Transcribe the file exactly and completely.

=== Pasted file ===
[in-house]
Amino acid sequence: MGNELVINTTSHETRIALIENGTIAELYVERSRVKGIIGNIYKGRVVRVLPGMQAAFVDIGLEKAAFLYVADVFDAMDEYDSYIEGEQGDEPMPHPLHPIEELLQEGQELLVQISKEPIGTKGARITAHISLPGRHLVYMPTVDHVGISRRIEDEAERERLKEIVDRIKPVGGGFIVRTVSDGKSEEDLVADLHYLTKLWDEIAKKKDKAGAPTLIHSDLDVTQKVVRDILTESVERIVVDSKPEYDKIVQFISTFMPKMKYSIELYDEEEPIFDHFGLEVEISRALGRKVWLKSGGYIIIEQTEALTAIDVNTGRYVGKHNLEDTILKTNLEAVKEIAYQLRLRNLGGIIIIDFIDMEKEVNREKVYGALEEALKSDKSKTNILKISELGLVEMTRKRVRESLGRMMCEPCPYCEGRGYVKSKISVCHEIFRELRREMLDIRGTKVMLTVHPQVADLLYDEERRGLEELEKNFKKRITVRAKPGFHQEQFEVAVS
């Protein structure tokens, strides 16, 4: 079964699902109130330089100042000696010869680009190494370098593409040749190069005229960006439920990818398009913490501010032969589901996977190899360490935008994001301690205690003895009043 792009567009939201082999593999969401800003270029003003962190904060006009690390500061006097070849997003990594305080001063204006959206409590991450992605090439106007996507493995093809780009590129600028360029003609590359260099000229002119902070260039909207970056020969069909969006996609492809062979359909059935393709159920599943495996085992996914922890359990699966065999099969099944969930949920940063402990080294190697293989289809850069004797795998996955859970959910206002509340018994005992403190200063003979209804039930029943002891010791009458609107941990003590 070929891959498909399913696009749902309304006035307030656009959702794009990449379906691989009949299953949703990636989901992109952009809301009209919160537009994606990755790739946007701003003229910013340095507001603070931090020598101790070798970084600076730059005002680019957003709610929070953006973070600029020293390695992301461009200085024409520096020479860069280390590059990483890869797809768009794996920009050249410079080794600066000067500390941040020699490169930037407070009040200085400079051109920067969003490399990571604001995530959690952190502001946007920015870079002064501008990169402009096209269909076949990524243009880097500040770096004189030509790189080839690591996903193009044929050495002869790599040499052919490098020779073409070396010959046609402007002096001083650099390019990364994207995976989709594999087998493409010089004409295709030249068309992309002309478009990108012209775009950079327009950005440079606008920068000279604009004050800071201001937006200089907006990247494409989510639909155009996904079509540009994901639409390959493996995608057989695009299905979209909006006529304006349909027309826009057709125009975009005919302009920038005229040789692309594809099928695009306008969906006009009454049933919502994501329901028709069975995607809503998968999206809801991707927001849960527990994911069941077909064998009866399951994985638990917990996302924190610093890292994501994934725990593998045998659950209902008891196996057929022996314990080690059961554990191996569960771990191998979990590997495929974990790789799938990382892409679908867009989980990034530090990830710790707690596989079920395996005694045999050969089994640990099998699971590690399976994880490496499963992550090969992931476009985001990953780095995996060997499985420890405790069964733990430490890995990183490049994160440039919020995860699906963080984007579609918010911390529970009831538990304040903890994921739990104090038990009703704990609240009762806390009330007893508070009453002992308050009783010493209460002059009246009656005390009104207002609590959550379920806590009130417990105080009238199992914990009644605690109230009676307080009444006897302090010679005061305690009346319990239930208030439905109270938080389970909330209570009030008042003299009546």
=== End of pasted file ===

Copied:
[in-house]
Amino acid sequence: MGNELVINTTSHETRIALIENGTIAELYVERSRVKGIIGNIYKGRVVRVLPGMQAAFVDIGLEKAAFLYVADVFDAMDEYDSYIEGEQGDEPMPHPLHPIEELLQEGQELLVQISKEPIGTKGARITAHISLPGRHLVYMPTVDHVGISRRIEDEAERERLKEIVDRIKPVGGGFIVRTVSDGKSEEDLVADLHYLTKLWDEIAKKKDKAGAPTLIHSDLDVTQKVVRDILTESVERIVVDSKPEYDKIVQFISTFMPKMKYSIELYDEEEPIFDHFGLEVEISRALGRKVWLKSGGYIIIEQTEALTAIDVNTGRYVGKHNLEDTILKTNLEAVKEIAYQLRLRNLGGIIIIDFIDMEKEVNREKVYGALEEALKSDKSKTNILKISELGLVEMTRKRVRESLGRMMCEPCPYCEGRGYVKSKISVCHEIFRELRREMLDIRGTKVMLTVHPQVADLLYDEERRGLEELEKNFKKRITVRAKPGFHQEQFEVAVS
């Protein structure tokens, strides 16, 4: 079964699902109130330089100042000696010869680009190494370098593409040749190069005229960006439920990818398009913490501010032969589901996977190899360490935008994001301690205690003895009043 792009567009939201082999593999969401800003270029003003962190904060006009690390500061006097070849997003990594305080001063204006959206409590991450992605090439106007996507493995093809780009590129600028360029003609590359260099000229002119902070260039909207970056020969069909969006996609492809062979359909059935393709159920599943495996085992996914922890359990699966065999099969099944969930949920940063402990080294190697293989289809850069004797795998996955859970959910206002509340018994005992403190200063003979209804039930029943002891010791009458609107941990003590 070929891959498909399913696009749902309304006035307030656009959702794009990449379906691989009949299953949703990636989901992109952009809301009209919160537009994606990755790739946007701003003229910013340095507001603070931090020598101790070798970084600076730059005002680019957003709610929070953006973070600029020293390695992301461009200085024409520096020479860069280390590059990483890869797809768009794996920009050249410079080794600066000067500390941040020699490169930037407070009040200085400079051109920067969003490399990571604001995530959690952190502001946007920015870079002064501008990169402009096209269909076949990524243009880097500040770096004189030509790189080839690591996903193009044929050495002869790599040499052919490098020779073409070396010959046609402007002096001083650099390019990364994207995976989709594999087998493409010089004409295709030249068309992309002309478009990108012209775009950079327009950005440079606008920068000279604009004050800071201001937006200089907006990247494409989510639909155009996904079509540009994901639409390959493996995608057989695009299905979209909006006529304006349909027309826009057709125009975009005919302009920038005229040789692309594809099928695009306008969906006009009454049933919502994501329901028709069975995607809503998968999206809801991707927001849960527990994911069941077909064998009866399951994985638990917990996302924190610093890292994501994934725990593998045998659950209902008891196996057929022996314990080690059961554990191996569960771990191998979990590997495929974990790789799938990382892409679908867009989980990034530090990830710790707690596989079920395996005694045999050969089994640990099998699971590690399976994880490496499963992550090969992931476009985001990953780095995996060997499985420890405790069964733990430490890995990183490049994160440039919020995860699906963080984007579609918010911390529970009831538990304040903890994921739990104090038990009703704990609240009762806390009330007893508070009453002992308050009783010493209460002059009246009656005390009104207002609590959550379920806590009130417990105080009238199992914990009644605690109230009676307080009444006897302090010679005061305690009346319990239930208030439905109270938080389970909330209570009030008042003299009546």